Boris Johnson has promised to invest in Britain’s towns. He should give them greater powers, too

Rochdale, a town, in 2011. Image: Getty.

The authors are the founders of the Centre for Towns think tank.

The PM’s announcement on Saturday of £3.6bn funding for one hundred towns – out of the Shared Prosperity Fund created to replace EU structural funds – echoed themes that we at the Centre of Towns have been banging on about since we were founded in Autumn 2017: liveability, connectivity, culture and power. We are long overdue the government waking up to the profound changes that silently have taken place in many towns – perhaps most notably in former industrial areas and coastal towns, but also in towns that have not yet found a place in the UK’s 21st century economy.

The challenges that towns face are a product of fundamental economic processes – replicated across many advanced industrial economies. Deindustrialisation, a belief in cities as the only engines of growth, the expansion of higher education, an ageing population and immigration have all contributed to a fundamental fracturing in the demography of towns and cities in Britain. As we have shown, major cities are becoming younger, more ethnically diverse, more educated and better able to exploit opportunities afforded them by creative, knowledge and digital sectors – even when substantial parts of their population are in precarious work.

At the same time the populations of towns are aging, less diverse, and possess lower levels of skills and education. Coastal and post-industrial towns in particular suffer from high rates of deprivation and health problems, as well as lower levels of social mobility. Even within cities where agglomeration has been claimed to increase productivity, we see the same pockets of deprivation, undermining the claim that such a model should be replicated elsewhere.   

Until the side-effects of that agglomeration-based model is addressed, the same dynamics of decline will persist in peripheral towns that have become disconnected from the core arteries of power and economic growth. Splashing the cash won’t address the severe imbalance of the UK’s highly centralised system.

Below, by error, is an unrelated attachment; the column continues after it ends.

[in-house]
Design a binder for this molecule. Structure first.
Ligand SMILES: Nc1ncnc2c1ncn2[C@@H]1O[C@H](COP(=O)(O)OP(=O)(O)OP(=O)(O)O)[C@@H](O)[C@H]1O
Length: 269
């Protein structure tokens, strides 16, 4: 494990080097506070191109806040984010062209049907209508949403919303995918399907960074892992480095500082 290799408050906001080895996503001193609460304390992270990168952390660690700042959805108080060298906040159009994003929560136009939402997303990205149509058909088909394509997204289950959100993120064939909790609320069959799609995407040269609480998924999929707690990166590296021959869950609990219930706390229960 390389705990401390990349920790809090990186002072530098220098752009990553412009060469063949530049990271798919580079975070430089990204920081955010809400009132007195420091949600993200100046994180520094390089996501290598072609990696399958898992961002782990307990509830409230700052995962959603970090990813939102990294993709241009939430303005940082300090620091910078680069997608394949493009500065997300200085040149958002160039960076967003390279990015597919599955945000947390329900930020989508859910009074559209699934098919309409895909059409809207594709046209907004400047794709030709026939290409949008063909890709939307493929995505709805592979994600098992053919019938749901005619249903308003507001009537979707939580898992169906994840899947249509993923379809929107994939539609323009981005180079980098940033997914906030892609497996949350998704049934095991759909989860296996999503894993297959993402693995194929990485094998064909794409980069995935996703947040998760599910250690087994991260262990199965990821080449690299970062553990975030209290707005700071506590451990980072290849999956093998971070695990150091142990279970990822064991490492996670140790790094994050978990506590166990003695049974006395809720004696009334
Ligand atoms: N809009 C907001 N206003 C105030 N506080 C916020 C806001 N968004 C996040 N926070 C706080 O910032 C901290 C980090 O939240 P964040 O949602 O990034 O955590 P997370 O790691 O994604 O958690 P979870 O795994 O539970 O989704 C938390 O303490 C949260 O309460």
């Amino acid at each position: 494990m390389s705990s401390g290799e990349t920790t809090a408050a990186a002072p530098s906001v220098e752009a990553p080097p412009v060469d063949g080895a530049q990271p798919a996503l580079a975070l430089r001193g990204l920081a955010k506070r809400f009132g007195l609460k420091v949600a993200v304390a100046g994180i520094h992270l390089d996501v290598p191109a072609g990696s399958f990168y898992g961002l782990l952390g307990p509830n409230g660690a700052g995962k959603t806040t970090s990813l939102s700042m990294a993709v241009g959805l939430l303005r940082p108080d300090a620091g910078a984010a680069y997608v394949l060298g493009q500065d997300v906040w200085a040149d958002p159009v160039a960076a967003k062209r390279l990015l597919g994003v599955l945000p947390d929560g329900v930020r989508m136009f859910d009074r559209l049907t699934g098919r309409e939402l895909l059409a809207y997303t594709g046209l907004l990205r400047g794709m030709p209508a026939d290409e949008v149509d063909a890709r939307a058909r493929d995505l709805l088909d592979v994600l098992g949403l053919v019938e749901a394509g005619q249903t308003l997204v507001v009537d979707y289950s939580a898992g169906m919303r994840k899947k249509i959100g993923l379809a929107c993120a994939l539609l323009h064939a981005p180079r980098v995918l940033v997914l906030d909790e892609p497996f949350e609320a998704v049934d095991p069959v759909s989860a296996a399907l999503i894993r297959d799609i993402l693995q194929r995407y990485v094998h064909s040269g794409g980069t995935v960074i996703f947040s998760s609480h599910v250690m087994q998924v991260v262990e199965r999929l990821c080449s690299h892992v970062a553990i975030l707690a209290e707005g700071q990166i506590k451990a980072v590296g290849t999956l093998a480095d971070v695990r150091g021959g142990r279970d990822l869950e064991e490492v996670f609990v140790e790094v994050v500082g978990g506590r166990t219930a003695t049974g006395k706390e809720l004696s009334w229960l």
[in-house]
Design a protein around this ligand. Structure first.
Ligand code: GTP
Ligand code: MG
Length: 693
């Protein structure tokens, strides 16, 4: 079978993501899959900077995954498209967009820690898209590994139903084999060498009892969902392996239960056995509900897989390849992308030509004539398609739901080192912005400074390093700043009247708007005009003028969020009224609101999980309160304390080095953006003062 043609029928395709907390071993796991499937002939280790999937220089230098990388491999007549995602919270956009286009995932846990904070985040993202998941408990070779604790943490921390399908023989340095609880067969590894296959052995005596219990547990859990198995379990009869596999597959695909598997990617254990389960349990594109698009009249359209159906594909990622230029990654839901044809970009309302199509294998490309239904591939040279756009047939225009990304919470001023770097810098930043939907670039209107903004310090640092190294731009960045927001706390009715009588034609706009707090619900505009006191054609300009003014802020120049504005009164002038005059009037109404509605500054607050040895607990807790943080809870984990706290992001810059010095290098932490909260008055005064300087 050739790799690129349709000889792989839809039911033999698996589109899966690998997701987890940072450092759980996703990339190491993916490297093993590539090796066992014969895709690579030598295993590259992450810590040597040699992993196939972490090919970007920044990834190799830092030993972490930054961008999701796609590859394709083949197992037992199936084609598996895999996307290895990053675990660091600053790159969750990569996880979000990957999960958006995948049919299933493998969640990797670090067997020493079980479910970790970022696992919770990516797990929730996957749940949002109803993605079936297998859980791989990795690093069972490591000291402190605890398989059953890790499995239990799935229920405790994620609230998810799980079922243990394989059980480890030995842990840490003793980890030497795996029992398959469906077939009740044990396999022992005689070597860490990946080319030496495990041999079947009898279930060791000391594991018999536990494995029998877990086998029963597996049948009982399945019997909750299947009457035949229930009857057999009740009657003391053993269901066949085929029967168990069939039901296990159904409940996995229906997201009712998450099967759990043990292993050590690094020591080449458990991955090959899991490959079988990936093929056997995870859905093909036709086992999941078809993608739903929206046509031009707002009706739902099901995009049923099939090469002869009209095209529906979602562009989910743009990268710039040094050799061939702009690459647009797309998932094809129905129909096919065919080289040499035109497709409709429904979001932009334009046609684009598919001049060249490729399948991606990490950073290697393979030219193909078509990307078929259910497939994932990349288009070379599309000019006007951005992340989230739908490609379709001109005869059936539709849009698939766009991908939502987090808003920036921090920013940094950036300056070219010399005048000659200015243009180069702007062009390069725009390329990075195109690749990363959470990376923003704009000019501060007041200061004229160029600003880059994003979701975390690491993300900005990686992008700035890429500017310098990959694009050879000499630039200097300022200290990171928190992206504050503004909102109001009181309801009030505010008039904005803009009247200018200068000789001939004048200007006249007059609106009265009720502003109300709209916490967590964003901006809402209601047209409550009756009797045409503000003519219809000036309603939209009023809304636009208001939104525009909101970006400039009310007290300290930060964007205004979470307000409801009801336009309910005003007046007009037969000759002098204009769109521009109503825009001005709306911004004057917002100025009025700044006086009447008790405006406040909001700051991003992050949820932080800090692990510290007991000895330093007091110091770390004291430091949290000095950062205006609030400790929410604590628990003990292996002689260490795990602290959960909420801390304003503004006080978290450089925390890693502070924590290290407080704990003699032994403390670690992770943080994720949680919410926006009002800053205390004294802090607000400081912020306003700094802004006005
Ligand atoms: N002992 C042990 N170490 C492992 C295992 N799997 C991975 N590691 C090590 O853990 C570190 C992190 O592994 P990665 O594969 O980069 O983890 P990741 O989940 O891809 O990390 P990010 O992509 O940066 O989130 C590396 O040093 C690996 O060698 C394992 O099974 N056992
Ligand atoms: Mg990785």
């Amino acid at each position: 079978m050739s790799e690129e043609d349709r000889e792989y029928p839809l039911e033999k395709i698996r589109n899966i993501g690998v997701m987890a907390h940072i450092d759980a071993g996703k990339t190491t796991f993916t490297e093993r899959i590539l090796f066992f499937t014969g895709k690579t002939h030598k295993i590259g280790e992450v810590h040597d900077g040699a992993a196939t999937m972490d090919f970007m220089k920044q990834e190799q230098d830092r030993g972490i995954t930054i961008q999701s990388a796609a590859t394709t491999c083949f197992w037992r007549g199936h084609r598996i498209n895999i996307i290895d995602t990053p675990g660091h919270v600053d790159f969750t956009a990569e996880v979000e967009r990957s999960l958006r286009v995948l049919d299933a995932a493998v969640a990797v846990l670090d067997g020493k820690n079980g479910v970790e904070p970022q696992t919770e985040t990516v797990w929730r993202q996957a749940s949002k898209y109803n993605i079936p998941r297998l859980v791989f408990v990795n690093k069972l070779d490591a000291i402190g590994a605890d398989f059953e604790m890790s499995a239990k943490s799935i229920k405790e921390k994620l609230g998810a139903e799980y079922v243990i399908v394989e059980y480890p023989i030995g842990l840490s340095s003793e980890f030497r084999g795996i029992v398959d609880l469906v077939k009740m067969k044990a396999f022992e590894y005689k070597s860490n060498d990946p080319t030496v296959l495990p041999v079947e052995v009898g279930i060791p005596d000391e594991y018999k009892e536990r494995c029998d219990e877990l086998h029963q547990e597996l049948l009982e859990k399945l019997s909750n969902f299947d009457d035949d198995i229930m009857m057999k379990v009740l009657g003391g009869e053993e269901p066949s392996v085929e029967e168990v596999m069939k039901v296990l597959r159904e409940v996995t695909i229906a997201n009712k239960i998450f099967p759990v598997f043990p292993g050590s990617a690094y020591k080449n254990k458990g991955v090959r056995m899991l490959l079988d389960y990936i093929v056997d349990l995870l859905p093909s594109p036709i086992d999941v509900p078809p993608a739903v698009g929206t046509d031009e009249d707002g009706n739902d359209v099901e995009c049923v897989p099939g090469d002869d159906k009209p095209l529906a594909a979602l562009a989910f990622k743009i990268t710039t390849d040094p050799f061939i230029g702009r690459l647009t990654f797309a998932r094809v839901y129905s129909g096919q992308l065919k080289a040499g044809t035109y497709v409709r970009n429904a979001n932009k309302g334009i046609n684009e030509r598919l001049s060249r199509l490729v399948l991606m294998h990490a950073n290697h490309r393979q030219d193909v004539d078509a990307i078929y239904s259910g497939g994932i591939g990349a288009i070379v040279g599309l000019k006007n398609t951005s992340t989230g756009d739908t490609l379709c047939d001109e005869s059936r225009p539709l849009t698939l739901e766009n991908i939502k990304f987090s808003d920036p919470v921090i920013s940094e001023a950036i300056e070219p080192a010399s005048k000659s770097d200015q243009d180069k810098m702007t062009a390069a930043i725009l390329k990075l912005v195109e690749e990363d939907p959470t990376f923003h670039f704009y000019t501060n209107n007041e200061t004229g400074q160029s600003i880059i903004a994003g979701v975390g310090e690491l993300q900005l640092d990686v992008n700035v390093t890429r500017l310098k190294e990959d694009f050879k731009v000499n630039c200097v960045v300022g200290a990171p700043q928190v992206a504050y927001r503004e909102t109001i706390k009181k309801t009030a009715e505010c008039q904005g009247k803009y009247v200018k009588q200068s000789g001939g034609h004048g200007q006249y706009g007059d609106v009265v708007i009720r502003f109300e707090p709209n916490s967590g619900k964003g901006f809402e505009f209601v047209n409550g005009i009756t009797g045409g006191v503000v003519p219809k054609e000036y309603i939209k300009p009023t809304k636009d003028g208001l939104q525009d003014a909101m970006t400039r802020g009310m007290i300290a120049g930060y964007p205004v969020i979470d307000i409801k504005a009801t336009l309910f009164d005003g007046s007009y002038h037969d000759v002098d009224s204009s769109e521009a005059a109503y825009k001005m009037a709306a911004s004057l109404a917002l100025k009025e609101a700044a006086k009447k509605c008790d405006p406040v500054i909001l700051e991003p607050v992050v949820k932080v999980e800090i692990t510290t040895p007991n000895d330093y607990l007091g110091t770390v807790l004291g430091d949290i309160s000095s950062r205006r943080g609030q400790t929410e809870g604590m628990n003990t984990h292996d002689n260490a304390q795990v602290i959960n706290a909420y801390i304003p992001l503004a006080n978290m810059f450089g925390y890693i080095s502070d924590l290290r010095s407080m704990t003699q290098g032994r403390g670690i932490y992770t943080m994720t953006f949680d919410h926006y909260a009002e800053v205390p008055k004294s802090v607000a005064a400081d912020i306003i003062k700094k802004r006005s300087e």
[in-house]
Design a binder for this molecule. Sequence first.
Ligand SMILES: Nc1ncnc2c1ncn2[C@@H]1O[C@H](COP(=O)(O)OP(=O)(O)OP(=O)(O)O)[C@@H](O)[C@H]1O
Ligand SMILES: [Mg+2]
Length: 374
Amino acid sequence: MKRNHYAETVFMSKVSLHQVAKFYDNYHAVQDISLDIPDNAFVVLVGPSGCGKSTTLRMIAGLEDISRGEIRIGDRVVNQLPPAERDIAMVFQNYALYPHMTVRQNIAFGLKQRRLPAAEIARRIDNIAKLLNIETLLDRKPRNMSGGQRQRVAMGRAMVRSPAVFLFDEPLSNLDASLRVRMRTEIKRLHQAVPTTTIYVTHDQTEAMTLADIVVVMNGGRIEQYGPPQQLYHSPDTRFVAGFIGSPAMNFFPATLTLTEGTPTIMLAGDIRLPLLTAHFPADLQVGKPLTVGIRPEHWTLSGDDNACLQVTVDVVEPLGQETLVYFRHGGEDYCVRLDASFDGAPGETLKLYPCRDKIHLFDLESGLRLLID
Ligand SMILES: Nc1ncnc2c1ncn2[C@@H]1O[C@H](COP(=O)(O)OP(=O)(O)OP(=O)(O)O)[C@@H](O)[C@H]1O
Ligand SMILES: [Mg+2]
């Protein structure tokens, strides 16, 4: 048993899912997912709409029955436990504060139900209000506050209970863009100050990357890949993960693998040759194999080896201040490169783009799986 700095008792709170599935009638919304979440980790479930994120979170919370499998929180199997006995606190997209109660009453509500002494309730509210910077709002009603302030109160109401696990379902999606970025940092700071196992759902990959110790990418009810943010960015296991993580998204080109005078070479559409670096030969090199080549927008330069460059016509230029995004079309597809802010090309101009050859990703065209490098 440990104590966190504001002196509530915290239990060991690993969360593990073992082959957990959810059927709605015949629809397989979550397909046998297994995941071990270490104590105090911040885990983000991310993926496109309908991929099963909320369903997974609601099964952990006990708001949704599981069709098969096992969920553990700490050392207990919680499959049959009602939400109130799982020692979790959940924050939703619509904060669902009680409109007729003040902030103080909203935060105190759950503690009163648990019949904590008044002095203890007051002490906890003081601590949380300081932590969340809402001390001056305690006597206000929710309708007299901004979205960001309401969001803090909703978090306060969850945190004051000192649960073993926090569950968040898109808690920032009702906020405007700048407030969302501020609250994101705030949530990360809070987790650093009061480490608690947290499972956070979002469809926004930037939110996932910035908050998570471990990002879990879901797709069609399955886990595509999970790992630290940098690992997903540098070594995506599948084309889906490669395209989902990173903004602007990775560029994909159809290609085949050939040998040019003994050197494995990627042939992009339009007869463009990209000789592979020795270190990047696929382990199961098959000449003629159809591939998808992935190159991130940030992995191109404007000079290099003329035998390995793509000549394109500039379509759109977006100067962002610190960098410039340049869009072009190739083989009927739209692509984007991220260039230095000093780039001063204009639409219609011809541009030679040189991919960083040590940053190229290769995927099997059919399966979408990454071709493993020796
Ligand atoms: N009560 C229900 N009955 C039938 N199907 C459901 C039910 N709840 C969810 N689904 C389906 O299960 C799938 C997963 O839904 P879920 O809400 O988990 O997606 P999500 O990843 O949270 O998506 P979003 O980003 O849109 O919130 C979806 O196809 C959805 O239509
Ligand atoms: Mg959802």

People need to be given agency and resources to deliver for their own communities, on a long-term basis; a need which the Prime Minister appears to recognise. What works for one town may not work for another. We need local people and local leaders to be given the tools and resources to take back control.

We have repeatedly called for power to be handed back to our towns. Trains have ground to a halt in the North whilst our bus network has been sharply cut since 2010. The loss of greenbelt has erased the identity of small towns and villages; health and social care services are increasingly concentrated in younger cities instead of the ageing towns that need them. Arts and culture, where the Arts Council now spends £8 in Islington for every £1 across the whole former coalfield areas of England; immigration decisions are so often imposed rather than negotiated, fuelling anger and providing fertile ground for the far right.

In all of these policy areas, empowering and trusting people produces a smarter, more humane and more sustainable response. We are pleased the Prime Minister has now put towns on the agenda but will hold his feet to the fire to make sure these words are matched by deeds, and we are ready to work constructively on behalf of our towns.

While others have been talking, we have been doing – often working in partnership with other organisations who get it. Our mission is to provide an evidence base that helps move political debate forward and inform policy-making.

In our launch briefing we revealed the stark demographic gap that had emerged between towns and cities since the 1980s – as towns have aged while cities grew younger. We also highlighted the higher levels of political disaffection felt in towns, where people feel that politicians don’t care about them or their area. If not addressed, that sense of grievance may prove toxic for our politics and society.

In further analysis of an ageing population, we showed how the widening gap in population projections will present major challenges in public policy – requiring us to adapt and revitalise our housing stock, transport infrastructure, healthcare services, and educational provision according to the distinct demands of particular places. We also have shown how access to health services differs wildly for the residents of towns and cities. Working with the Royal Institute of British Architects we have identified the pressure on housing due to an ageing population – and how towns are at the sharp end of the coming crisis.

In a report with Hope Not Hate we mapped out some of the deep divides between places in terms of values and identities. Concern or hostility towards immigration was highest in the former industrial towns and isolated coastal communities that have experienced sustained economic decline. Major cities and university towns were much more welcoming and embracing of diversity.